Excerpts from an article by an advertising expert which appeared in the magazine, Advertising & Selling.

An ad without a coupon! Without a key! Without a booklet in the background! Without a picture of the goods or the factory! Without any goods to show, in fact! An ad that helps competitors, and represents, not one Company, but the entire industry!

Such is the extraordinary ad which seems to be the most notable of the August output.

It is notable, not because of itself alone, but because of the series to which it belongs. * * *

In every ad of this series there has been one sentimental reason for photography, a small halftone of an individual or group, and the same slogan always at the end - "There's a photographer in your town."

In general, the series belongs to the Heart-Throb variety, but with a much more comprehensive purpose than most of such ads have.

As to what this purpose is, I have no authority to say. I have never, at any time, had any personal knowledge of the Eastman people or the Eastman policies.

From An Artura Iris Print By Cornish & Baker Kansas City, Mo.

From An Artura Iris Print By Cornish & Baker Kansas City, Mo.

But now comes the Eastman Kodak Company, representing Big Photography - Big Ideas - Big Methods. It spends a fortune teaching the American people to appreciate photography and to go oftener to the local studios. It brings out, for the first time, the romance and sentiment of Photography. It compels us to notice that wonderful "art preservative" which most of us undervalue. It reminds us that Time changes the faces of the people we love and that we need not trust to the vague sketches of memory alone.

The Eastman ads lift photography to a higher level. They give dignity to the local photographer. * * *

By daring to put out such a series of ads, Eastman has proved himself to be a Big Leaguer. He is a sport and a top-notcher. He is a pennant-winner and a pennant-holder, as there seems to be no one else in the photographic industry who has as much originality and breadth of view.

Such is the statesmanship of business. It is the large way of solving large problems. It is the efficient way.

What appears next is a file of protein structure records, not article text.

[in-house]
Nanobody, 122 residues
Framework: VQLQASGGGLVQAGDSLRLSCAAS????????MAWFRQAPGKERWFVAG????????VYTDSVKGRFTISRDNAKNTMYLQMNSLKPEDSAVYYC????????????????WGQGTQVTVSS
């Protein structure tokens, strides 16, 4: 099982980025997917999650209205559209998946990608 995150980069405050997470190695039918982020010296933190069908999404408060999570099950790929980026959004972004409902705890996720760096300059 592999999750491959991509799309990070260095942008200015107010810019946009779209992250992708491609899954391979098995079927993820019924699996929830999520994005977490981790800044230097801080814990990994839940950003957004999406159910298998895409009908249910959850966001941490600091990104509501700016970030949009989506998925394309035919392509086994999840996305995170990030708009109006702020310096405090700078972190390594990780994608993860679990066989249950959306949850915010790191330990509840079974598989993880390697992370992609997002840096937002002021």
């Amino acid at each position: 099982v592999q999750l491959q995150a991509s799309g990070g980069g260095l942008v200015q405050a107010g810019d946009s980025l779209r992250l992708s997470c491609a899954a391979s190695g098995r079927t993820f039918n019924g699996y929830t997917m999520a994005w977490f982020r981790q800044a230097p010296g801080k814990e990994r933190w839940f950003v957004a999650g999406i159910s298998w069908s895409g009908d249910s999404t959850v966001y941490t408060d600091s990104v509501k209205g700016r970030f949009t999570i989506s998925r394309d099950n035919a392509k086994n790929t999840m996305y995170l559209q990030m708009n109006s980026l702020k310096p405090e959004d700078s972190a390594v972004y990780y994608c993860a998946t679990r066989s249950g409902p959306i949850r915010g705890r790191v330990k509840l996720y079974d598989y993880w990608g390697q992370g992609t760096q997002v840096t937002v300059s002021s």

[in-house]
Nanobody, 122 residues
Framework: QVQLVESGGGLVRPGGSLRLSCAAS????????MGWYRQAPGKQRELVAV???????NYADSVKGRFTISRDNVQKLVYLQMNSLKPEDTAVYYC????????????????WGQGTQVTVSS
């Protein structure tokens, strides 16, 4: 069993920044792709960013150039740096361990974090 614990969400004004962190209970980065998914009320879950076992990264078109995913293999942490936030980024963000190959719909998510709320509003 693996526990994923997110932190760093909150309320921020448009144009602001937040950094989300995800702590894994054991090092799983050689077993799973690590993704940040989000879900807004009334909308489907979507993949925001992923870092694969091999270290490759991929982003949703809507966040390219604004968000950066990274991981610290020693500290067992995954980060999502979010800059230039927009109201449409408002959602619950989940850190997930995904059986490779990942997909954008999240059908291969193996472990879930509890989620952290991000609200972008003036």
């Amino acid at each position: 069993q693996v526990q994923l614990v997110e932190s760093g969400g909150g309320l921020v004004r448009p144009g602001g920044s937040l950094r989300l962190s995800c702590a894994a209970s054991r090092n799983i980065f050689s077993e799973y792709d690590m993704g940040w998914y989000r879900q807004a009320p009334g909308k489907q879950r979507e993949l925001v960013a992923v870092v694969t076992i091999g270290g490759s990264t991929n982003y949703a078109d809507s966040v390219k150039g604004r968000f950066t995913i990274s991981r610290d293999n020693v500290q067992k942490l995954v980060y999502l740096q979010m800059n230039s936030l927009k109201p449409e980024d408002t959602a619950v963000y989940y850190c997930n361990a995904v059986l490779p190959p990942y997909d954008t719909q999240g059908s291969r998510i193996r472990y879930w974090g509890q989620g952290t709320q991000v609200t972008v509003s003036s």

Instead of trying to make small profits in spite of bad conditions, it goes to the root of the matter and changes the conditions. Such, at least, seems to be the purpose of the Eastman Company in its remarkable series of ad-sermons on the text - "There's a photographer in your town."

November. Our Illustrations

Proper training has played an important part in the career of most every successful business man, and this is true of photography as well as every other business. Our successful photographers of to-day were the apprentices and employees of other successful photographers, a few years ago.

Mr. David Baker, proprietor of the Cornish and Baker Studio of Kansas City, Mo., is one of those photographers who has had good training and long experience. And it has fitted him especially well for his own business career. Mr. Baker was associated for a number of years with Mr. D. P. Thomson, the veteran Kansas City photographer, after which he spent a couple of years with the Matzene Studio of Chicago. Returning to Kansas City, he entered business with Mr. A. B. Cornish, the partnership being an especially satisfactory and successful one. While Mr. Baker has been the sole proprietor of this studio for the last two years, the well known firm name has been continued as one of the assets of the business.

Mr. Baker, who is of English birth, is a very thorough workman and his portraits bear proof of the conscientious effort and care used in their production. His studio is not only modern in every respect, but is most artistically furnished and conveniently arranged. The reception and dressing rooms are exceptionally neat and attractive, and are always kept in most perfect order - a condition which appeals to a discriminating clientele such as Mr. Baker enjoys.

From An Artura Iris Print By Cornish & Baker Kansas City, Mo.

From An Artura Iris Print By Cornish & Baker Kansas City, Mo.

His portraits leave nothing for the imagination, neither are they mere copies of the features placed before his camera. They are true photographic portraits, beautifully lighted and posed, picturing the subject in the most pleasing and natural expressions. They are portraits that satisfy the customer, please the friends, and bring re-orders and new business.

Mr. Baker, like most Englishmen, is a stickler for quality above all things, and in a conversation with one of our representatives, made the following remarks: "There are many plates and papers on the market, but there is only one Seed and one Artura, both of which produce, in the final analysis, exactly what I work for under the light. I am glad to say I use both Seed Plates and Artura Paper."

We consider it a privilege to show a number of excellent examples of Mr. Baker's work in this number of Studio Light. They are reproduced from Artura prints, and we feel assured of your interest in the excellent results obtained.